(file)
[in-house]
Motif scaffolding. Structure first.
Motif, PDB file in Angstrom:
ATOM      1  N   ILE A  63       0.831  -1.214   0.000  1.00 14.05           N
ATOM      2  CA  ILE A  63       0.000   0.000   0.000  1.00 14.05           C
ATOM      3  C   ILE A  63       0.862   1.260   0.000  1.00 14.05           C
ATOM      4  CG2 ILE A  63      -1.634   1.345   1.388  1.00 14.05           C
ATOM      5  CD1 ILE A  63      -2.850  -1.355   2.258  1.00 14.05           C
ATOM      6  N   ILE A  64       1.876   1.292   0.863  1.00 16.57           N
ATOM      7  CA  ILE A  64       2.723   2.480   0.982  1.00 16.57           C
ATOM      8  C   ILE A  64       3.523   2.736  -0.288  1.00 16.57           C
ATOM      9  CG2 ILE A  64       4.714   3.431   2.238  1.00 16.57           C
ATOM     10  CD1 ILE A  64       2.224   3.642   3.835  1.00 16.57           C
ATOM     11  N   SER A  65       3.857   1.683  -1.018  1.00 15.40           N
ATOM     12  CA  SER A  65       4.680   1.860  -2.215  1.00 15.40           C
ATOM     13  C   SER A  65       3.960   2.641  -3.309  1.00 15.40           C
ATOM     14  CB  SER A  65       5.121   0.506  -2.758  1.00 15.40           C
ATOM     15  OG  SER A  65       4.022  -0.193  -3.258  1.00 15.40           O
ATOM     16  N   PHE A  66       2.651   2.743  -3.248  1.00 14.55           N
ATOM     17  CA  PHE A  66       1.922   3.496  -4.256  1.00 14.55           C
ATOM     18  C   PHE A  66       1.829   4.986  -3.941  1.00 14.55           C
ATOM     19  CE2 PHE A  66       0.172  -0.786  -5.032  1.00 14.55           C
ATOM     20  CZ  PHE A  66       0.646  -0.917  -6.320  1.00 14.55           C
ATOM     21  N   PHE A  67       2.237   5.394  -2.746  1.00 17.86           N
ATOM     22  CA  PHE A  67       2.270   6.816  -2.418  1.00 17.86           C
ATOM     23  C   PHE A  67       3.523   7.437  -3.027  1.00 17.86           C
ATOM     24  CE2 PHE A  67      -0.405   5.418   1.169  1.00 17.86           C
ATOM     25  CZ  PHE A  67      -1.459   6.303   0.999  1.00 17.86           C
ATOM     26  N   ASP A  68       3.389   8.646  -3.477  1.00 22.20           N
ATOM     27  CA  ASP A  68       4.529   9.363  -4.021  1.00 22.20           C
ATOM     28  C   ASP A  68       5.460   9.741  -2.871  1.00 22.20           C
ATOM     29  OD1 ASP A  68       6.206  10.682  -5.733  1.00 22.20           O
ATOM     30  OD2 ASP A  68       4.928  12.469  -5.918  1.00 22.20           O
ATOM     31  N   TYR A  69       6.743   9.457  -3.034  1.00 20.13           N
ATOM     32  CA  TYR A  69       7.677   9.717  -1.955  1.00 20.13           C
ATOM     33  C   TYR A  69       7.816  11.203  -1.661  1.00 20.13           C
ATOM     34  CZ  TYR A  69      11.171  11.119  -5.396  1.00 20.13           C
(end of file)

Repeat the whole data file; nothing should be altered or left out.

[in-house]
Motif scaffolding. Structure first.
Motif, PDB file in Angstrom:
ATOM      1  N   ILE A  63       0.831  -1.214   0.000  1.00 14.05           N
ATOM      2  CA  ILE A  63       0.000   0.000   0.000  1.00 14.05           C
ATOM      3  C   ILE A  63       0.862   1.260   0.000  1.00 14.05           C
ATOM      4  CG2 ILE A  63      -1.634   1.345   1.388  1.00 14.05           C
ATOM      5  CD1 ILE A  63      -2.850  -1.355   2.258  1.00 14.05           C
ATOM      6  N   ILE A  64       1.876   1.292   0.863  1.00 16.57           N
ATOM      7  CA  ILE A  64       2.723   2.480   0.982  1.00 16.57           C
ATOM      8  C   ILE A  64       3.523   2.736  -0.288  1.00 16.57           C
ATOM      9  CG2 ILE A  64       4.714   3.431   2.238  1.00 16.57           C
ATOM     10  CD1 ILE A  64       2.224   3.642   3.835  1.00 16.57           C
ATOM     11  N   SER A  65       3.857   1.683  -1.018  1.00 15.40           N
ATOM     12  CA  SER A  65       4.680   1.860  -2.215  1.00 15.40           C
ATOM     13  C   SER A  65       3.960   2.641  -3.309  1.00 15.40           C
ATOM     14  CB  SER A  65       5.121   0.506  -2.758  1.00 15.40           C
ATOM     15  OG  SER A  65       4.022  -0.193  -3.258  1.00 15.40           O
ATOM     16  N   PHE A  66       2.651   2.743  -3.248  1.00 14.55           N
ATOM     17  CA  PHE A  66       1.922   3.496  -4.256  1.00 14.55           C
ATOM     18  C   PHE A  66       1.829   4.986  -3.941  1.00 14.55           C
ATOM     19  CE2 PHE A  66       0.172  -0.786  -5.032  1.00 14.55           C
ATOM     20  CZ  PHE A  66       0.646  -0.917  -6.320  1.00 14.55           C
ATOM     21  N   PHE A  67       2.237   5.394  -2.746  1.00 17.86           N
ATOM     22  CA  PHE A  67       2.270   6.816  -2.418  1.00 17.86           C
ATOM     23  C   PHE A  67       3.523   7.437  -3.027  1.00 17.86           C
ATOM     24  CE2 PHE A  67      -0.405   5.418   1.169  1.00 17.86           C
ATOM     25  CZ  PHE A  67      -1.459   6.303   0.999  1.00 17.86           C
ATOM     26  N   ASP A  68       3.389   8.646  -3.477  1.00 22.20           N
ATOM     27  CA  ASP A  68       4.529   9.363  -4.021  1.00 22.20           C
ATOM     28  C   ASP A  68       5.460   9.741  -2.871  1.00 22.20           C
ATOM     29  OD1 ASP A  68       6.206  10.682  -5.733  1.00 22.20           O
ATOM     30  OD2 ASP A  68       4.928  12.469  -5.918  1.00 22.20           O
ATOM     31  N   TYR A  69       6.743   9.457  -3.034  1.00 20.13           N
ATOM     32  CA  TYR A  69       7.677   9.717  -1.955  1.00 20.13           C
ATOM     33  C   TYR A  69       7.816  11.203  -1.661  1.00 20.13           C
ATOM     34  CZ  TYR A  69      11.171  11.119  -5.396  1.00 20.13           C